RALEIGH, N.C. (Legal Newsline) – Animal Agriculture Alliance president and CEO Kay Johnson Smith worries that there's little farmers can do to resolve issues being litigated in nuisance lawsuits that target them in federal court in North Carolina.
“In all of these suits, the plaintiffs are going after a great deal of money, but there is nothing that can be told to farmers in terms of changing things and protecting themselves in the future,” Johnson Smith told Legal Newsline.
Presently, 22 related cases remain pending in the federal court system with four plaintiff verdicts rendered, the latest of which Pork Magazine reports Judge David Faber did not include punitive damages to any of the eight Sampson County plaintiffs based on lack of evidence. That left the plaintiffs to walk away with awards between $100 and $75,000.
Verdicts for plaintiffs were reached in three other cases decided in federal court in North Carolina in 2018, ranging from $7.5 million to $23.5 million in compensatory damages, and even more in punitive damages that were later reduced due to state law capping non-economic damages.
All of the suits name Murphy-Brown, a division of industry-leading meat packer Smithfield Foods, as a defendant, saying that it owns the animals at the farms and has strict codes in place as to how they are to be reared.
“What we’re seeing right now certainly has created a watch for all of us because the outcome could be precedent-setting,” Johnson Smith added. “Around farms, it’s not unusual that there is dust and it smells, all that is associated with farming as a whole whether we’re talking about today or 100 years ago.”
Murphy Brown, a Delaware-based meat-packing company and hog integrator, has been named as a defendant in all 26 of the suits filed over the last four years and by each of the 500 plaintiffs spread across eastern North Carolina, according to the Iowa State University's Center for Agricultural Law and Taxation.
In almost every instance, the plaintiffs are neighbors who allege that their lives have been adversely impacted by living near a farm and the parties obligated for manning the land have not done all they can do to make the situation more bearable.
Topping the list of “nuisance” complaints in the country’s second-highest hog-producing state are smell, noise and swarming insects.
While Johnson Smith says she wishes the two sides could work more closely together to try to eradicate problems, she thinks she knows how and why things have come to this point so quickly.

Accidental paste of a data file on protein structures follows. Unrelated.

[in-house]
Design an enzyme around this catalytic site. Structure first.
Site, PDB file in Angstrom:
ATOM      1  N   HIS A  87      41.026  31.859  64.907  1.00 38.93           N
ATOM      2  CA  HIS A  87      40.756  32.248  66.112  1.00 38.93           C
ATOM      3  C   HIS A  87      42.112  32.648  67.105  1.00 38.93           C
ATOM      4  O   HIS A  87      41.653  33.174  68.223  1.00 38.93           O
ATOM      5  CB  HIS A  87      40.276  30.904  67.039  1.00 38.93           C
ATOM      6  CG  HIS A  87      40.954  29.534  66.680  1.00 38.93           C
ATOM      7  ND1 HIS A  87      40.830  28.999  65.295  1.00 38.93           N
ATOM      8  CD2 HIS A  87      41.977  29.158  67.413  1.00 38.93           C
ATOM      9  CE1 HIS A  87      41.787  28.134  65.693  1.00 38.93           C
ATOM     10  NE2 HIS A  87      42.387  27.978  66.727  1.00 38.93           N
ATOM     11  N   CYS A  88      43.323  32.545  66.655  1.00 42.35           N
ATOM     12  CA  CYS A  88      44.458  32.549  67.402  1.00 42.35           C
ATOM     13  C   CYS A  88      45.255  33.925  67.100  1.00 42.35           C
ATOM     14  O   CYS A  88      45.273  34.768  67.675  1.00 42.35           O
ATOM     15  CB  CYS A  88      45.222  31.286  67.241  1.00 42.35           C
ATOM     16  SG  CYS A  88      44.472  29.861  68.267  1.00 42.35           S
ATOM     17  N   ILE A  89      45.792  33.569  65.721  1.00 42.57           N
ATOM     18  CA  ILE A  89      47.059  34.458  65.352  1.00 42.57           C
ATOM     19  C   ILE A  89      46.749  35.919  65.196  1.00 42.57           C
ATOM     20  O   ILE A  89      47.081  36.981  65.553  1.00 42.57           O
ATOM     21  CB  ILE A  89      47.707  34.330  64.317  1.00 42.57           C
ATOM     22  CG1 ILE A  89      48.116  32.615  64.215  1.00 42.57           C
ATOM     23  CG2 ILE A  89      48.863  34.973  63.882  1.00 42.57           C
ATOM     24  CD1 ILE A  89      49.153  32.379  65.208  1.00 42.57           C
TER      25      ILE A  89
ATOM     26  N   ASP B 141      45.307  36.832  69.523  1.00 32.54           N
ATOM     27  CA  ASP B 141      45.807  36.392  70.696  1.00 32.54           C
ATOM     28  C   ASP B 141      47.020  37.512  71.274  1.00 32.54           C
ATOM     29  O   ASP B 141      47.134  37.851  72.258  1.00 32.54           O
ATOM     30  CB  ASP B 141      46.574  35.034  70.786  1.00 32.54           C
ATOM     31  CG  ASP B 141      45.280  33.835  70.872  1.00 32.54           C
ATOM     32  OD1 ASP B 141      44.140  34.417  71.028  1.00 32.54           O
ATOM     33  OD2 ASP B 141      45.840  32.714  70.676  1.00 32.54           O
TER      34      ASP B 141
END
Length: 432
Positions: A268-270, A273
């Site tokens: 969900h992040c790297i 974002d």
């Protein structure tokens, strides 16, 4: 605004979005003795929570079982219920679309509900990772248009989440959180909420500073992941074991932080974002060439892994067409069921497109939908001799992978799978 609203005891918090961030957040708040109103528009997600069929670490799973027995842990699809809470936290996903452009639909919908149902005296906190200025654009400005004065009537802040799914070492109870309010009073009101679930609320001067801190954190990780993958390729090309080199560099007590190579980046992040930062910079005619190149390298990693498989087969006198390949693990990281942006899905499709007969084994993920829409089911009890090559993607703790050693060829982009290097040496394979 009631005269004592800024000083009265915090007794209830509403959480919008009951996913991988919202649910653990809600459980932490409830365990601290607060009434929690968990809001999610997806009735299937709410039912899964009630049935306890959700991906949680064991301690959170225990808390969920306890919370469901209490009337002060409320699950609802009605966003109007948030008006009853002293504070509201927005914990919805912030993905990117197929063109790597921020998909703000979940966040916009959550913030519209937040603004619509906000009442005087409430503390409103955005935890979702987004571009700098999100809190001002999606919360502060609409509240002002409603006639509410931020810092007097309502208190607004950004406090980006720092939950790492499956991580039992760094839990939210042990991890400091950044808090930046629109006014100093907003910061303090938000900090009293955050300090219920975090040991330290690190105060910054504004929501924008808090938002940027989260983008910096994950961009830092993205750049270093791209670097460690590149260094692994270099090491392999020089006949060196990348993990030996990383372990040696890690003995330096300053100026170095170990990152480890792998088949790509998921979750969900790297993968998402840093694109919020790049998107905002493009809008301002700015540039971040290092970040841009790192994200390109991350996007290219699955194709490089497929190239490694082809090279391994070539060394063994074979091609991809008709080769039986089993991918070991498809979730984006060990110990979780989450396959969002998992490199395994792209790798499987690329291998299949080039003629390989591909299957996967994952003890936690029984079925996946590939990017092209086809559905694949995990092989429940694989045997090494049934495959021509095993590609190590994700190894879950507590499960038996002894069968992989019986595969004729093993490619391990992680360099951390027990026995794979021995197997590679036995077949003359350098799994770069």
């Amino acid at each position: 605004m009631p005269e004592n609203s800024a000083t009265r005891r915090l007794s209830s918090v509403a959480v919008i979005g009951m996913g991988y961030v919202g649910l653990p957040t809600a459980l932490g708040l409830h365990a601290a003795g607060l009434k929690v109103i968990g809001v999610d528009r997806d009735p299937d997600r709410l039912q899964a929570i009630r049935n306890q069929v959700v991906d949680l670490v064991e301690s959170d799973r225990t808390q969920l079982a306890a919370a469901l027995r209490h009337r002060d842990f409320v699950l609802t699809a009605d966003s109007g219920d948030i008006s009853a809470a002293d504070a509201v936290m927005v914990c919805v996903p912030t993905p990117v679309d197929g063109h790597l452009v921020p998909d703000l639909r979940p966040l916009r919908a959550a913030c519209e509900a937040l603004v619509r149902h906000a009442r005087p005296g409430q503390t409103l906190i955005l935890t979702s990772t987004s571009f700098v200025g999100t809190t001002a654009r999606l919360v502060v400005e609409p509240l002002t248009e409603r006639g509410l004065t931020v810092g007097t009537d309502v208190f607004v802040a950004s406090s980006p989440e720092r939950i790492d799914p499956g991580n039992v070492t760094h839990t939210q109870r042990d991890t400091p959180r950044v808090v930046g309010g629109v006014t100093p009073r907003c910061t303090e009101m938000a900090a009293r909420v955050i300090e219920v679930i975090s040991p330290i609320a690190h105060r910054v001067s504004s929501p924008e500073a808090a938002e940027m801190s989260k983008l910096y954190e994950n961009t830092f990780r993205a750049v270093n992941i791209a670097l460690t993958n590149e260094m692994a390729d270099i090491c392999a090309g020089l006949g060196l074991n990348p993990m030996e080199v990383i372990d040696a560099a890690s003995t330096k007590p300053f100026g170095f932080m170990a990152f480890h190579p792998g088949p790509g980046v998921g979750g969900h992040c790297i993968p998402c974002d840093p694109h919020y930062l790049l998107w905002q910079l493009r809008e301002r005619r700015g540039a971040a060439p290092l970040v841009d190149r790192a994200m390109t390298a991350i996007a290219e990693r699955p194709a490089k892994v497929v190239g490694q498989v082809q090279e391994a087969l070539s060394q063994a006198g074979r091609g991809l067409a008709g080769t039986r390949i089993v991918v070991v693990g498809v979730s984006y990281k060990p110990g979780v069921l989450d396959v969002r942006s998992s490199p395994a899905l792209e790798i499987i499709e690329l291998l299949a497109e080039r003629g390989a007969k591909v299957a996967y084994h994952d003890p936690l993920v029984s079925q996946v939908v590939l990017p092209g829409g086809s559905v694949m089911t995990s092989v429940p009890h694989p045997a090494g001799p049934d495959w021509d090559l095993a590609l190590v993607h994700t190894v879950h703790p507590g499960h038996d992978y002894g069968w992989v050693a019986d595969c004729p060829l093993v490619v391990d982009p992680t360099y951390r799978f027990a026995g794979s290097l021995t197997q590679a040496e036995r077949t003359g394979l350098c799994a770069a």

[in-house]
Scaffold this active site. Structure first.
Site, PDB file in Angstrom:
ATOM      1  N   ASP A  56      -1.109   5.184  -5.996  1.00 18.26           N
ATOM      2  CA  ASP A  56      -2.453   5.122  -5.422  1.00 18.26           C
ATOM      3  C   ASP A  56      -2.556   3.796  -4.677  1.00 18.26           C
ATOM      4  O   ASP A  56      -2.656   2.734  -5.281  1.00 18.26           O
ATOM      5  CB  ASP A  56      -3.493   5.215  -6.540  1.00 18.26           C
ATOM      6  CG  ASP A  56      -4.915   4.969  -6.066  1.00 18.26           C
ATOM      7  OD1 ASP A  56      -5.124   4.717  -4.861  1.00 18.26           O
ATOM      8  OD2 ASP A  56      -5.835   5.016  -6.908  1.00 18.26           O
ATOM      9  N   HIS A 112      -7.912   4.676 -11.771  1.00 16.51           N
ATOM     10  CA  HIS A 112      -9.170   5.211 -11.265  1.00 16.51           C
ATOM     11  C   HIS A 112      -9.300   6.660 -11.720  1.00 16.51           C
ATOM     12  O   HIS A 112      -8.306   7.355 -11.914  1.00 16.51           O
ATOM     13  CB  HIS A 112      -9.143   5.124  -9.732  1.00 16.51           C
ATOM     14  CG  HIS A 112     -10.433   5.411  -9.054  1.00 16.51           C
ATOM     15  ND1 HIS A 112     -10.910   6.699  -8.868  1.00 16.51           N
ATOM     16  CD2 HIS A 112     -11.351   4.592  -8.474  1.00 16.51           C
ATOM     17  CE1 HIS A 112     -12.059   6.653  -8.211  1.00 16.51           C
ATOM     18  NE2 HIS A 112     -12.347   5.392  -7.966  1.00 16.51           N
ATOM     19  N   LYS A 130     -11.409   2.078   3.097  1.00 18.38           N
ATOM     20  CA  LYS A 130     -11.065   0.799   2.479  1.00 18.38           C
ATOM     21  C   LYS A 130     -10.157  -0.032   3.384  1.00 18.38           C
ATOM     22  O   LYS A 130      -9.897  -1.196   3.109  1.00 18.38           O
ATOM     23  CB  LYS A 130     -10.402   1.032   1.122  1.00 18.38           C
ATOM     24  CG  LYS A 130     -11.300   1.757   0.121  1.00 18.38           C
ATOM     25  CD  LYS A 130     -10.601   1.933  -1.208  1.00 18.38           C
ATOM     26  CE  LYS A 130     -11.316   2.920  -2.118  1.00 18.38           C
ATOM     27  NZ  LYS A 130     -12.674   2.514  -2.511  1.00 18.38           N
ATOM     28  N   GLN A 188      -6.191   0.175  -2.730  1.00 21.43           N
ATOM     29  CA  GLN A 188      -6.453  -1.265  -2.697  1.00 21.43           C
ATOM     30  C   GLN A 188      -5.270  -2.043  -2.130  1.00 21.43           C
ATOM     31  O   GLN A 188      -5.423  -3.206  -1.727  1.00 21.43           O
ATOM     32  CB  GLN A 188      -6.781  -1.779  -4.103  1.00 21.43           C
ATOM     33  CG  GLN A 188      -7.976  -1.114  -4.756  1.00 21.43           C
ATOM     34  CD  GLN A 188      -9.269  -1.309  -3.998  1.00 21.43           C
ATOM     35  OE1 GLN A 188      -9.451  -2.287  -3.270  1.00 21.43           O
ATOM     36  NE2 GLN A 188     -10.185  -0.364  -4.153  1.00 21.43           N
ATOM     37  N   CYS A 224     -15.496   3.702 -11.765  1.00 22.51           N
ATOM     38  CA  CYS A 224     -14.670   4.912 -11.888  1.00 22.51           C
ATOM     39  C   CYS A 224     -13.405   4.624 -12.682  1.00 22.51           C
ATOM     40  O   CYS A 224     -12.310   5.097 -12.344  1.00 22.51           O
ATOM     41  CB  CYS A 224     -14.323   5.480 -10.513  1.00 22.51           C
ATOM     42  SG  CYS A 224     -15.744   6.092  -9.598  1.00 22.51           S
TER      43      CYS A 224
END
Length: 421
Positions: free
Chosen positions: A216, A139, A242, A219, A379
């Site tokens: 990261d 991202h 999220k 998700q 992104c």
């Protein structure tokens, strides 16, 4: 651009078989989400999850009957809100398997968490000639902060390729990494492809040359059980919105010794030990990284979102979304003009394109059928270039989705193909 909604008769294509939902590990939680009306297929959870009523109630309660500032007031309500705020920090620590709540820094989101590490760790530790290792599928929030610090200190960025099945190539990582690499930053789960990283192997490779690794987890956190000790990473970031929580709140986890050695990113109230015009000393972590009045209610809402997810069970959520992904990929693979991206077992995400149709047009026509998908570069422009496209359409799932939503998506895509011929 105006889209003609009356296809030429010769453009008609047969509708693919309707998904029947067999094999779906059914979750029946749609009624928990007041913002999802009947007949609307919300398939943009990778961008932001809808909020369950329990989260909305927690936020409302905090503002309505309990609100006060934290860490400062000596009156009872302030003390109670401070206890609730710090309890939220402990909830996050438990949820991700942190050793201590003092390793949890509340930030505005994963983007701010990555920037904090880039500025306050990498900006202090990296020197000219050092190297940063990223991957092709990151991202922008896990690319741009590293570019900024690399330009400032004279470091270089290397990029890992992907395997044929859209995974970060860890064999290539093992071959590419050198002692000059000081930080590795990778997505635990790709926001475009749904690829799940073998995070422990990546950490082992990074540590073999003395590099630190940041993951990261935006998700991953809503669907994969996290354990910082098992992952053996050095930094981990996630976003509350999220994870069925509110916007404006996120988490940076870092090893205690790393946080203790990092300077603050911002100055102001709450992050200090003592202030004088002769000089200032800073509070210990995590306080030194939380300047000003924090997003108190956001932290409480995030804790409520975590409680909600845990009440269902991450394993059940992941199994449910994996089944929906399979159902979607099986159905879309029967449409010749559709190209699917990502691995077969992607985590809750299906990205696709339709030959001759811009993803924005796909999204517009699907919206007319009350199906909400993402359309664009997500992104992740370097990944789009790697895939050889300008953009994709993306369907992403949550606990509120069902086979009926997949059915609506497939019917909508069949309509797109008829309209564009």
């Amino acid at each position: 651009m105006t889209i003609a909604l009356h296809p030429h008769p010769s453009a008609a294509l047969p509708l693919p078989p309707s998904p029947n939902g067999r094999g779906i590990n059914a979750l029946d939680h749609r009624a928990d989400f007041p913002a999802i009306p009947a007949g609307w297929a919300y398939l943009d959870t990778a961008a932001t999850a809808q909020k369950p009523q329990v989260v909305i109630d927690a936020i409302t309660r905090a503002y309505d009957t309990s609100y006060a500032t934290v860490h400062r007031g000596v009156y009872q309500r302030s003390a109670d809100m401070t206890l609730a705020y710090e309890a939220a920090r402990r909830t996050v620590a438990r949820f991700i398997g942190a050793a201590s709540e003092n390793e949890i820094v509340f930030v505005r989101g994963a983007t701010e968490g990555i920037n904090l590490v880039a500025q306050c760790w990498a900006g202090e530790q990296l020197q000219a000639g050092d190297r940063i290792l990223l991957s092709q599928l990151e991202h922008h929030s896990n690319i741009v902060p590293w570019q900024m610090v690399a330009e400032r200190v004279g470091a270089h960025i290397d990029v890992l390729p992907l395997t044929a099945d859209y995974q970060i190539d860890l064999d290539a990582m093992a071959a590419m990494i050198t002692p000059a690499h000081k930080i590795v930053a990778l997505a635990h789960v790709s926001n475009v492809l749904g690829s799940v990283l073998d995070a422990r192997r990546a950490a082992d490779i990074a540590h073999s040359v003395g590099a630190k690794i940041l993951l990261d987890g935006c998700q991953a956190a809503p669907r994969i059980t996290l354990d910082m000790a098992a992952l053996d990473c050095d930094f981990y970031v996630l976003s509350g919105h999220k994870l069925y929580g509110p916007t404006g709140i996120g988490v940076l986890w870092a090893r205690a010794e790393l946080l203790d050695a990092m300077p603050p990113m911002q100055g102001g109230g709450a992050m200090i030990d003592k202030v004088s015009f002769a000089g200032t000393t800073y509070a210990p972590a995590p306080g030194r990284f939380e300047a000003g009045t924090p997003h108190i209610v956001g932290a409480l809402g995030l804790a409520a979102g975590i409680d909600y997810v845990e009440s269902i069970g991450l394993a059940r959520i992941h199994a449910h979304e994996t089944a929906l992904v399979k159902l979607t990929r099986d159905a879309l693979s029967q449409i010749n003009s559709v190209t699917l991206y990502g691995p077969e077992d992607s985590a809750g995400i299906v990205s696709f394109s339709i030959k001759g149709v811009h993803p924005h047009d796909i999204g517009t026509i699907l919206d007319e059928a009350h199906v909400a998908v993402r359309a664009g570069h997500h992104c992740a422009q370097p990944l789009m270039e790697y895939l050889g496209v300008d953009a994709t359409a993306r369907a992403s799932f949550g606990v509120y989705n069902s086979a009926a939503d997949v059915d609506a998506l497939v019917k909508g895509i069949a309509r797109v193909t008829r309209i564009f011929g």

“The suits in North Carolina were generated by out-of-state attorneys who have a bias against animal agriculture,” she said. “They see these big-pocket companies and things happen. It’s not a coincidence that the suits are not against the farmers but against Smithfield. I think that fact is very telling about the ultimate goal of these filings.”
In the 1980s, right-to-farm laws were instituted in all 50 states with the goal being to protect farmers from suits filed by those who relocated to rural areas after farming operations had already commenced.
In 2018, North Carolina legislators responded to the state's growing litigation by passing the North Carolina Farm Act of 2018, which outlaws nuisance suits from being brought before the court unless the claim is filed within 12 months of the operation’s establishment or a “fundamental” change has occurred at the farm.
The bill also caps the value of damages that can be awarded and limits punitive damages to only instances in which there are previous environmental or criminal violations lodged against the targeted farm over the previous three years.
“The flood of these suits has led to families being left without a livelihood when they are in complete compliance and doing nothing unlawful,” Johnson Smith added. “The suits target Smithfield, but on the ground they damage farmers. It’s very disheartening to see people going after farmers for the wrong reasons.”
North Carolina Agriculture Commissioner Steve Troxler warns of consequences that could be felt far beyond the radius of where the suits were filed.
“I would liken this ongoing litigation of hog production to a blight that could cripple farm production in this state and others across the country,” he previously told Legal Newsline. “One big problem is the use of the term ‘nuisance.’ I’d say just about anything could be a nuisance to someone at any point in time.”